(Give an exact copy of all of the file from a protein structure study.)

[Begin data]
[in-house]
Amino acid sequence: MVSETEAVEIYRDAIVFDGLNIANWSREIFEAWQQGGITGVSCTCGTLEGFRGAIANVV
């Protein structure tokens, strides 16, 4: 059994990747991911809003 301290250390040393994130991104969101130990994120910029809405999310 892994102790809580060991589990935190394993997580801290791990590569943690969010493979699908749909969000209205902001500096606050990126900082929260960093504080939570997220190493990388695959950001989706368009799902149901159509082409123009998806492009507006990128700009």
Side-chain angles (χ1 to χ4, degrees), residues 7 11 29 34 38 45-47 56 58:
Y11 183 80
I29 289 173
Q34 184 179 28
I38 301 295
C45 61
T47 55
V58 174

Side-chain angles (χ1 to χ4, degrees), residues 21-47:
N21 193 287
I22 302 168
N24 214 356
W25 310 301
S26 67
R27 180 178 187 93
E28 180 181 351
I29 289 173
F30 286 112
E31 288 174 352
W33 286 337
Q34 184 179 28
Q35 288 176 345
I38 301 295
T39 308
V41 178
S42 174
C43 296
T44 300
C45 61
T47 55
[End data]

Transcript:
[in-house]
Amino acid sequence: MVSETEAVEIYRDAIVFDGLNIANWSREIFEAWQQGGITGVSCTCGTLEGFRGAIANVV
């Protein structure tokens, strides 16, 4: 059994990747991911809003 301290250390040393994130991104969101130990994120910029809405999310 892994102790809580060991589990935190394993997580801290791990590569943690969010493979699908749909969000209205902001500096606050990126900082929260960093504080939570997220190493990388695959950001989706368009799902149901159509082409123009998806492009507006990128700009």
Side-chain angles (χ1 to χ4, degrees), residues 7 11 29 34 38 45-47 56 58:
Y11 183 80
I29 289 173
Q34 184 179 28
I38 301 295
C45 61
T47 55
V58 174

Side-chain angles (χ1 to χ4, degrees), residues 21-47:
N21 193 287
I22 302 168
N24 214 356
W25 310 301
S26 67
R27 180 178 187 93
E28 180 181 351
I29 289 173
F30 286 112
E31 288 174 352
W33 286 337
Q34 184 179 28
Q35 288 176 345
I38 301 295
T39 308
V41 178
S42 174
C43 296
T44 300
C45 61
T47 55